Alwaght – The new Turkish era, ushered in by the rise of Justice and Development Party (AKP)to power in 2002, is marked by the neo-Ottomanism of Recep Tayyip Erdogan and his fellow party members who seek to restore their country’s historical role as a regional hegemonic power and a weighty actor on the global stage. Despite the fact that the modern-day Turkish leaders know that the inheritor of the Ottoman Empire will never manage to return to the fallen empire’s borders and territories, they struggle to transform the modern state into a top regional actor on the strength of boosting it in a variety of areas, including diplomacy, economy, and military force. The Arab uprisings, erupted in 2011, provided the Turkish leaders with a unique opportunity to implement their neo-Ottoman plans. However, President Erdogan faced a great trouble as his policies ran counter to the international powers’ interests.
The independent policies of Ankara finally run into the powers’ interests, causing Turkish disputes with Russia and the US as key players in the West Asian region. The rift with Russia in Syria, caused by the Turkish shooting down of a Russian bomber en route to a military base after bombing the terrorist sites near Turkey’s border, winded down when the Turkish leader made an about-face in policy and apologized for the bomber incident. Diplomatic normalization between the two actors on the Syrian soil ensued. But the row with the West remains unfolding and shows no signs of softening.
The tensions with Russia drew a clear image of the Turkish leader, making him recognized as the man of abrupt foreign policy shifts. With this in mind, should we expect a change similar in Turkish policy to that of 2016 when the tensions escalated with Moscow?
There is a difference between Turkey’s rift with Russia and the rift with Washington. The rows are essentially different in terms of the degree and the type.
If we seek the roots of Erdogan’s turning head to Russia, we should look back at the failed military coup against Erdogan on July 15, 2016. The coup, according to the Turkish intelligence agency (MIT) documents, was arranged by the Americans. But Moscow and Tehran were the parties that in advance alerted Erdogan of the attempt. The two condemned the power grab effort since its initial hours. The event told Erdogan a truth: Americans are not Turkey’s allies and friends, moving Ankara to review its foreign policy and turn to the East. The botched military effort was just the start of the Erdogan antipathy to the US and Turkish-American tensions intensified when Washington rejected to extradite to Turkey Fethullah Gulen, the Pennsylvania-based influential Turkish preacher who was accused by Ankara of masterminding the attempted coup. Erdogan was infuriated even further by the US decision to continue arming and funding the Syrian Kurdish militias, seen by Turkey as branches of Kurdistan Workers’ Party (PKK), a Kurdish militant group that has been involved in an armed conflict with the Turkish state since 1984. As the time went by, the feud deepened, coming to a head with Trump unleashing a war of words against Turkey followed by sanctions and trade war.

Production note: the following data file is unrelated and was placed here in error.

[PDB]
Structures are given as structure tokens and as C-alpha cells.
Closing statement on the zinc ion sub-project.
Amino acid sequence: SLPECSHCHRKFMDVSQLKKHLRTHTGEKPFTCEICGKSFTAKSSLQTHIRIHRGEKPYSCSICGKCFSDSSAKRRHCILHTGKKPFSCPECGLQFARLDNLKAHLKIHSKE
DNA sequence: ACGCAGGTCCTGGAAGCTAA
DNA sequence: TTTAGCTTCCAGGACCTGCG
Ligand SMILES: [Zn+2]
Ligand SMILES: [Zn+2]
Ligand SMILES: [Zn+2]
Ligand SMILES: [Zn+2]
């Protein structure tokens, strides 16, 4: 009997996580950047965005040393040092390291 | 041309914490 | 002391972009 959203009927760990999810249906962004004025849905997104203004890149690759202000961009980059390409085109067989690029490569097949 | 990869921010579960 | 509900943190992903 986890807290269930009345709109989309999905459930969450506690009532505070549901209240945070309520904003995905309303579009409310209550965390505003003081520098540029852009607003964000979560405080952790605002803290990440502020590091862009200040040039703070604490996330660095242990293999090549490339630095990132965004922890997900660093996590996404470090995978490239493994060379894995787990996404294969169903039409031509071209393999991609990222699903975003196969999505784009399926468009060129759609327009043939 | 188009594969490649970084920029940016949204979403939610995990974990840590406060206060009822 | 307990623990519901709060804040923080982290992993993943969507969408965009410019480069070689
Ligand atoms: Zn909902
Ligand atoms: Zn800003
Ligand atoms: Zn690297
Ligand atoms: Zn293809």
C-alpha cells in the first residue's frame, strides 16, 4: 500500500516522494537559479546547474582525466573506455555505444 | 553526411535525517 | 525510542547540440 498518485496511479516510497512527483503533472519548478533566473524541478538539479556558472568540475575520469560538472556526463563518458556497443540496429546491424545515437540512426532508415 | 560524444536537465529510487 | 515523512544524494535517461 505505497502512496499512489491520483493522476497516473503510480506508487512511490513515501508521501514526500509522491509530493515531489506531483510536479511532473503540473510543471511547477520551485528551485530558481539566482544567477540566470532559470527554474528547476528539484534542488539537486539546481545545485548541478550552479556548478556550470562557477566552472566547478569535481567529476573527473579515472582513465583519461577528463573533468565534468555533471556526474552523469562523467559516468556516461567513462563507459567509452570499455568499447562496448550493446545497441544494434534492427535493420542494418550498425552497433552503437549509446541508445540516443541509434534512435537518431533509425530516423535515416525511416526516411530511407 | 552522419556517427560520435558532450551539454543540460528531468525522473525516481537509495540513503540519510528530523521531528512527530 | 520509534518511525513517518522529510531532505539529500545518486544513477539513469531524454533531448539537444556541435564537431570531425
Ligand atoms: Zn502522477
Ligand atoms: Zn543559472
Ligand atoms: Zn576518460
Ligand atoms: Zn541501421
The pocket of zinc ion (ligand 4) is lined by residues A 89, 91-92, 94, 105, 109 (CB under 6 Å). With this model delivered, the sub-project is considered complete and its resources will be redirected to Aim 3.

Kremlin, however, was cautious not to escalate with Turkey during the aircraft crisis. It only took some reversible steps such as cutting diplomatic ties and imposing light sanctions on Ankara. During the period, the Russian officials reiterated that they did not want an escalation of tensions with Turkey. But the US, despite being decades-long Turkish ally, is mainly targeting Turkey’s politics, economy, and the whole social structure. The hostile measures have been so massive and destructive on the Turkish national security and economy that Turkey’s political community now regards the gaps with the US as fundamentally having their roots resting in the two sides’ identity differences.
The US Senate is considering banning the Muslim Brotherhood, an Islamist group across the Arab world, as a terrorist group to ramp up pressures on its supporter Ankara. The European Union, on the other hand, considers closed the Turkish bid to join the bloc. These developments bear witness to the West’s strategic incompatibility with Turkey’s return to its historical roots to which it is moving not via military coups and repression but democratic processes and public will.
If Turkey retreats in its row with the US, it will not have much in hand as a reward in return for its backing down to present to the home and regional public opinion. Trump said that even if Turkey releases the American pastor, who has been the source of the recent chill between the two, Washington will not give any privileges in return. On August 18, Erdogan sent a delegation to cool the situation down but the arrangement proved a failure. The Turkish leader knows that Washington’s trade fight has its roots not in the politics but in Trump’s mercantilist approach to the foreign trade as other partners, mainly China and the EU, also face the same unavoidable trouble. So, even Ankara’s political shift will not persuade Trump to bury the hatchet in the commercial fight.
The US-Turkey’s heated controversy comes while Russia-Turkey embarked in a smooth de-escalation after their ties went strained. Erdogan tacitly received the Russian green light to launch Operation Euphrates Shield in northern Syria against the Kurdish militias in 2016. Afterward, he secured a role in Astana and Sochi peace processes on Syria.
But the confrontation with the US has gone to an extent that no prospects of de-escalation and shift to Washington are in sight. Even further stress threatens their ties and an ultimate transition to the Eastern camp is not unlikely as their bad blood continues. Erdogan pointed to this possibility in an August 10 article on the New York Times.